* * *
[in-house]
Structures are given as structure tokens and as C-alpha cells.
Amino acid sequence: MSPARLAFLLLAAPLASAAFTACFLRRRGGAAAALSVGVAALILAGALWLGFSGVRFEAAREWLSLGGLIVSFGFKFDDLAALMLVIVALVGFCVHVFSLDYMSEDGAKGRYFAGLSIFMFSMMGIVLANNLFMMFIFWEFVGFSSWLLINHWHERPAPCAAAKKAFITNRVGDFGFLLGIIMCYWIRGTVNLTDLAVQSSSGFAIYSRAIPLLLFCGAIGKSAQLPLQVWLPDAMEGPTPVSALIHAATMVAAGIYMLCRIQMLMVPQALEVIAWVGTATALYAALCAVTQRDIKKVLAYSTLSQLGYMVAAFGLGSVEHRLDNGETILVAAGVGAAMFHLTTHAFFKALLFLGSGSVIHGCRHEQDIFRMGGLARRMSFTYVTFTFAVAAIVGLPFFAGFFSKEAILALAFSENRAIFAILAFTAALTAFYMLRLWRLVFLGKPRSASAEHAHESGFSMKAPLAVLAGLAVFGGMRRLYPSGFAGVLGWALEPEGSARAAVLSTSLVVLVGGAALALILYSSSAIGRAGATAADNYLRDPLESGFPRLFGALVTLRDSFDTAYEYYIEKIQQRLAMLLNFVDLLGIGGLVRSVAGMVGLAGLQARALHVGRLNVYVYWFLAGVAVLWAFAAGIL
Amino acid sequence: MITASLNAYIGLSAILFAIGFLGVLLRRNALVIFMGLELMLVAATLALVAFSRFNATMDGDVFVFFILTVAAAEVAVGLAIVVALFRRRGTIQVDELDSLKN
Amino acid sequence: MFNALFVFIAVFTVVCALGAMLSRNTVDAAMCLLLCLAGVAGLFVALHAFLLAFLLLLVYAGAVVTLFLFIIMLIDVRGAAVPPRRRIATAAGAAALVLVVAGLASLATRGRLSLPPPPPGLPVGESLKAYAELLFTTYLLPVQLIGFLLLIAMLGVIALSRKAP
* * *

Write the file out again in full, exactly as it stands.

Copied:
[in-house]
Structures are given as structure tokens and as C-alpha cells.
Amino acid sequence: MSPARLAFLLLAAPLASAAFTACFLRRRGGAAAALSVGVAALILAGALWLGFSGVRFEAAREWLSLGGLIVSFGFKFDDLAALMLVIVALVGFCVHVFSLDYMSEDGAKGRYFAGLSIFMFSMMGIVLANNLFMMFIFWEFVGFSSWLLINHWHERPAPCAAAKKAFITNRVGDFGFLLGIIMCYWIRGTVNLTDLAVQSSSGFAIYSRAIPLLLFCGAIGKSAQLPLQVWLPDAMEGPTPVSALIHAATMVAAGIYMLCRIQMLMVPQALEVIAWVGTATALYAALCAVTQRDIKKVLAYSTLSQLGYMVAAFGLGSVEHRLDNGETILVAAGVGAAMFHLTTHAFFKALLFLGSGSVIHGCRHEQDIFRMGGLARRMSFTYVTFTFAVAAIVGLPFFAGFFSKEAILALAFSENRAIFAILAFTAALTAFYMLRLWRLVFLGKPRSASAEHAHESGFSMKAPLAVLAGLAVFGGMRRLYPSGFAGVLGWALEPEGSARAAVLSTSLVVLVGGAALALILYSSSAIGRAGATAADNYLRDPLESGFPRLFGALVTLRDSFDTAYEYYIEKIQQRLAMLLNFVDLLGIGGLVRSVAGMVGLAGLQARALHVGRLNVYVYWFLAGVAVLWAFAAGIL
Amino acid sequence: MITASLNAYIGLSAILFAIGFLGVLLRRNALVIFMGLELMLVAATLALVAFSRFNATMDGDVFVFFILTVAAAEVAVGLAIVVALFRRRGTIQVDELDSLKN
Amino acid sequence: MFNALFVFIAVFTVVCALGAMLSRNTVDAAMCLLLCLAGVAGLFVALHAFLLAFLLLLVYAGAVVTLFLFIIMLIDVRGAAVPPRRRIATAAGAAALVLVVAGLASLATRGRLSLPPPPPGLPVGESLKAYAELLFTTYLLPVQLIGFLLLIAMLGVIALSRKAP